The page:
The heat and dust over the appointment of the chief secretary in Delhi raises two important—and related—issues. First, the nature of relationship between chief minister and the lieutenant-governor with regard to non-reserved subjects. The second, which is even more fundamental, is the manner and method of amendment of a constitutional provision by the Centre.
On May 15, Lieutenant-Governor Najeeb Jung appointed Shakuntala Gamlin as chief secretary of Delhi despite the CM expressing strong reservations. Jung issued an order directing the Principal Secretary Services, government of Delhi, to appoint Gamlin. The AAP government claimed that the lieutenant-governor cannot bypass the elected government, as doing so would be in contravention of Article 239AA of the constitution.
Article 239AA clause (3)(a) lays down that the legislative assembly of the government of NCT shall have powers to make laws in respect of matters enumerated in the state list or in the concurrent list except matters with respect to entries 1, 2 and 18 of the state list. Thus, three entries with regard to public order, police and land have been excluded from the purview of powers of the legislative assembly. This is the only material point of difference between the powers of the Delhi assembly and other full-fledged state legislative assemblies.
Clause 4 of Article 239AA further mandates that there shall be a council of ministers to aid and advise the lieutenant-governor in exercise of his functions with respect to which the legislative assembly has the power to make laws. It further provides that the lieutenant-governor can act in his discretion only in relation to matters over which the legislative assembly has no powers to make laws.
India’s Constitution has adopted a parliamentary system of democracy. The Supreme Court has consistently held that in India as in England, the executive has to act subject to the control of the legislature. The president and the governors have been made formal heads of the executive and real executive powers are vested in the ministers of the cabinet.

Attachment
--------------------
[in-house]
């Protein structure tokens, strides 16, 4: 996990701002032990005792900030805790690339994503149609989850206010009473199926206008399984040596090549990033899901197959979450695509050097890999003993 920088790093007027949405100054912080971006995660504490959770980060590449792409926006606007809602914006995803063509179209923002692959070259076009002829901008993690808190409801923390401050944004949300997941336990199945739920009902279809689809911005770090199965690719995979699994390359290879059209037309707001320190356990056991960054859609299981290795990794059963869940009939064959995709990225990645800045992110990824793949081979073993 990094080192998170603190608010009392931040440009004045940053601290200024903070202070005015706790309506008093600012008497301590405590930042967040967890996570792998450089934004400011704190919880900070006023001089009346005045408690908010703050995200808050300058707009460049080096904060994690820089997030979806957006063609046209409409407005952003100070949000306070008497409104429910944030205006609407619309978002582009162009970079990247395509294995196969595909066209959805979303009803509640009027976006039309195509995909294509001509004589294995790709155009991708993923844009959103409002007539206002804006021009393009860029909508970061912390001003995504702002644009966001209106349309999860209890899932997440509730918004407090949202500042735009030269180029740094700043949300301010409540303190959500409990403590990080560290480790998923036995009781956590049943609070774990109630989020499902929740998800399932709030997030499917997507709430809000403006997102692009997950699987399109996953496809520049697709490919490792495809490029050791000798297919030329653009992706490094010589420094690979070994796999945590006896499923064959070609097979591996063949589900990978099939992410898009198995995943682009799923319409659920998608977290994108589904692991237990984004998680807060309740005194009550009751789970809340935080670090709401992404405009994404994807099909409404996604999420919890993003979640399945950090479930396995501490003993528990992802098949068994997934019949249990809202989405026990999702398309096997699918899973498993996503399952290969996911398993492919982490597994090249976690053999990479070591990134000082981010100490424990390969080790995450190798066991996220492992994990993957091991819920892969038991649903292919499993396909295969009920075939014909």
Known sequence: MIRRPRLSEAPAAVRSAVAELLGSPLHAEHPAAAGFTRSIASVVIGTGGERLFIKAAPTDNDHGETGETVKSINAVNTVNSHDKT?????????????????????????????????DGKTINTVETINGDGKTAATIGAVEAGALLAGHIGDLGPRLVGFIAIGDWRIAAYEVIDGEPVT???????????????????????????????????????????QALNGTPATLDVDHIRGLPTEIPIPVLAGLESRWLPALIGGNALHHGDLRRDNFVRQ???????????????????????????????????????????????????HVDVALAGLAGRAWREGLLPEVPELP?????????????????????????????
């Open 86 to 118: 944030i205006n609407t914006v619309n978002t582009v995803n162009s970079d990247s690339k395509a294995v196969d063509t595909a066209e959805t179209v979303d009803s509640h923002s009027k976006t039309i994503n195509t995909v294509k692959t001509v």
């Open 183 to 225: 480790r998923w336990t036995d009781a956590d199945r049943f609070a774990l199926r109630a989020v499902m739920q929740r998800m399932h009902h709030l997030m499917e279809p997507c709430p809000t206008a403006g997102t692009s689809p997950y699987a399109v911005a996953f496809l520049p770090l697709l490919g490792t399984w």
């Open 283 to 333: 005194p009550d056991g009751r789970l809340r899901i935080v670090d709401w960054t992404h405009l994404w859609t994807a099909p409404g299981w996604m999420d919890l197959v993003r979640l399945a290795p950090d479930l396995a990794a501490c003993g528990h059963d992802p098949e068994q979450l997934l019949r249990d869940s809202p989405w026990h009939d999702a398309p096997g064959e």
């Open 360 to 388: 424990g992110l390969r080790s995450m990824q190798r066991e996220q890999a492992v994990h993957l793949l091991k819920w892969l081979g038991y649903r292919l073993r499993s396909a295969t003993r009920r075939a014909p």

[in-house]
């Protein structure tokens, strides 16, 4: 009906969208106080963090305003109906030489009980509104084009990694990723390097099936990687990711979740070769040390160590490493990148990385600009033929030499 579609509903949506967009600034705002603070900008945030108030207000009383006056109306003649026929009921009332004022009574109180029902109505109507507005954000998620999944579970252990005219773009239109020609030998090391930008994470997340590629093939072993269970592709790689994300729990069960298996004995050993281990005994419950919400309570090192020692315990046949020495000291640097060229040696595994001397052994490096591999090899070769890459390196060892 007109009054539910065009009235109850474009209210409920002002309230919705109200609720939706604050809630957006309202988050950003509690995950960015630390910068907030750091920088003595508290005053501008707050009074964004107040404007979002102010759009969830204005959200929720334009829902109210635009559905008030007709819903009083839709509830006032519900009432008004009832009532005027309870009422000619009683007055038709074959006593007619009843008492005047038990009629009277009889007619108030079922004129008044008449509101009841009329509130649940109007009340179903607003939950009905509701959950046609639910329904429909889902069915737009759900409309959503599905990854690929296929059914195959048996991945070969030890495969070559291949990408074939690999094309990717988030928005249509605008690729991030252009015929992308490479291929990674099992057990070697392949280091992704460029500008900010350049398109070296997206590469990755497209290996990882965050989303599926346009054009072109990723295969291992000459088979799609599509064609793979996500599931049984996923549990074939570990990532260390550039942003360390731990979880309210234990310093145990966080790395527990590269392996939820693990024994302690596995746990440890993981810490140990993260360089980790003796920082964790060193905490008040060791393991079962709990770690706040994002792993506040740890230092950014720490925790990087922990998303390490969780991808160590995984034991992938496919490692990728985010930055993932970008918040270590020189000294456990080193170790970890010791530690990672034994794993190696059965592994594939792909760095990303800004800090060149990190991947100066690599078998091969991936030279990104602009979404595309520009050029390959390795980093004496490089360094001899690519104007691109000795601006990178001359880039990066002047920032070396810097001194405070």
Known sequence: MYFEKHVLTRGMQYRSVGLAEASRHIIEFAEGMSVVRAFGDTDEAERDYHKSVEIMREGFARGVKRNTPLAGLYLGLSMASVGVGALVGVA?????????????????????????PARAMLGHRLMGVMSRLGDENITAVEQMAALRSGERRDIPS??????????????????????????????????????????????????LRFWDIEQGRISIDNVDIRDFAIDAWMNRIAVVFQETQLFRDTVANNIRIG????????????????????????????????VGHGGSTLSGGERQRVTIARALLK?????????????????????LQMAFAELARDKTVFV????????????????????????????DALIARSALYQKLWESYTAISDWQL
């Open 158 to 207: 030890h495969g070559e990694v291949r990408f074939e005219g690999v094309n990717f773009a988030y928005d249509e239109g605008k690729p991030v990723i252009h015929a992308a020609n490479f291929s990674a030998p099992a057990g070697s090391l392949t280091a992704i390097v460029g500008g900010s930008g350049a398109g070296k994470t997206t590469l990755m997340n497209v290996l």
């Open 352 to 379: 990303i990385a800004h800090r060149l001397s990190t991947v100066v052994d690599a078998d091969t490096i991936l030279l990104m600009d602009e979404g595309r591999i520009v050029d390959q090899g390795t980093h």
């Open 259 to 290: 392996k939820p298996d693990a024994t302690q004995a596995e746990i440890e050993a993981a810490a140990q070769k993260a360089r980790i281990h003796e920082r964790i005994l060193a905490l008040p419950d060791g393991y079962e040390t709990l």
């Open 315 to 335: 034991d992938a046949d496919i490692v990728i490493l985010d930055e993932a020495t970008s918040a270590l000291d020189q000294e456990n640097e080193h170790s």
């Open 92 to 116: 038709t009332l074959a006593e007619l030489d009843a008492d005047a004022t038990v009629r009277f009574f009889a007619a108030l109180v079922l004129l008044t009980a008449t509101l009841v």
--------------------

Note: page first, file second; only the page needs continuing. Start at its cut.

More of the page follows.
The lieutenant-governor of Delhi thus wears two hats, one as the head of the executive in relation to matters over which the legislative assembly has power to make laws. In this capacity he can only function as a formal or constitutional head and is bound by advice offered by the council of ministers. His second role pertains to the reserved subjects, namely public order, police and land (entries 1, 2 and 18 of the state list). With regard to these the L-G acts on the directions of the Centre, in his capacity as administrator. The council of ministers cannot interfere with the functioning of the L-G in respect of reserved subjects.
It is clear on reading the Constitution that the curtailment of powers of Delhi’s ministers can exist in regard to these three entries only. Appointment of the chief secretary can be covered by none of this triad: public order, police or land. The confusion seems to have been created deliberately by the central government to embarrass and obstruct the functioning of the government. The reason is not far to seek. After having suffered a humiliating defeat at the hands of an upstart party, the Centre chose this unconstitutional method to rub their nose on the ground.
The second act of the central government is indefensible. It does not even admit of any argument, ambiguity or confusion. There is not even a fig leaf to cover their act of amending the Constitution by a mere notification. Article 368 of the Constitution vests the power of amendment of the Constitution on Parliament and prescribes a detailed procedure for it. Apart from that, a constitutional bench of the SC has further limited the power of amendment even by Parliament with regard to the basic structure of the constitution. Democratic governance is the most fundamental structure of the Constitution and yet the Centre not only chose to negate the democratic structure but also chose an administrative procedure to amend the Constitution.
To my utter shock, the notification dated May 21 added a fourth exclusion to the three exclusions enumerated in the Constitution. This fourth new exclusion, termed as ‘services’, is added to clause 3 of Article 239AA by a mere notification. The acts of the Centre suggest its autocratic, dictatorial and undemocratic streak. They are not only high-handed and a crude attempt to derail democracy, but is a denial of democracy to the people of Delhi.
(Senior advocate of the Supreme Court, K.T.S. Tulsi is a member of the Rajya Sabha)